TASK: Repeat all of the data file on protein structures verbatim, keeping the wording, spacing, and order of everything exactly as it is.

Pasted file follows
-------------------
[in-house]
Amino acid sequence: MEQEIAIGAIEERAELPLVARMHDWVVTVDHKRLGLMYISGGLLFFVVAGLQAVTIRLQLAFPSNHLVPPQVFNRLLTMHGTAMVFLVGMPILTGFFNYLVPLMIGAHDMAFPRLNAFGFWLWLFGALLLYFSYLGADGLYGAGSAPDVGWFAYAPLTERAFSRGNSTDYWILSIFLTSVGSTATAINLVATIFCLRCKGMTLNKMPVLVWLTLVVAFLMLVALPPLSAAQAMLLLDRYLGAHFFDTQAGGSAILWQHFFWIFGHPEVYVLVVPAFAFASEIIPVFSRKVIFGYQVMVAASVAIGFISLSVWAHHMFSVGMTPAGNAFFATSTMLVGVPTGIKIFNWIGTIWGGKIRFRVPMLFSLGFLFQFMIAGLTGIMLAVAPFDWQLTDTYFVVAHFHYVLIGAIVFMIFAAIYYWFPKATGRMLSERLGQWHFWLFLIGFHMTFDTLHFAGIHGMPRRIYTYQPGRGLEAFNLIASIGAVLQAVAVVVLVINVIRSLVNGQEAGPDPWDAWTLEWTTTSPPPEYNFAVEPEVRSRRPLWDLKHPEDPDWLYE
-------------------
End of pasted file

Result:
[in-house]
Amino acid sequence: MEQEIAIGAIEERAELPLVARMHDWVVTVDHKRLGLMYISGGLLFFVVAGLQAVTIRLQLAFPSNHLVPPQVFNRLLTMHGTAMVFLVGMPILTGFFNYLVPLMIGAHDMAFPRLNAFGFWLWLFGALLLYFSYLGADGLYGAGSAPDVGWFAYAPLTERAFSRGNSTDYWILSIFLTSVGSTATAINLVATIFCLRCKGMTLNKMPVLVWLTLVVAFLMLVALPPLSAAQAMLLLDRYLGAHFFDTQAGGSAILWQHFFWIFGHPEVYVLVVPAFAFASEIIPVFSRKVIFGYQVMVAASVAIGFISLSVWAHHMFSVGMTPAGNAFFATSTMLVGVPTGIKIFNWIGTIWGGKIRFRVPMLFSLGFLFQFMIAGLTGIMLAVAPFDWQLTDTYFVVAHFHYVLIGAIVFMIFAAIYYWFPKATGRMLSERLGQWHFWLFLIGFHMTFDTLHFAGIHGMPRRIYTYQPGRGLEAFNLIASIGAVLQAVAVVVLVINVIRSLVNGQEAGPDPWDAWTLEWTTTSPPPEYNFAVEPEVRSRRPLWDLKHPEDPDWLYE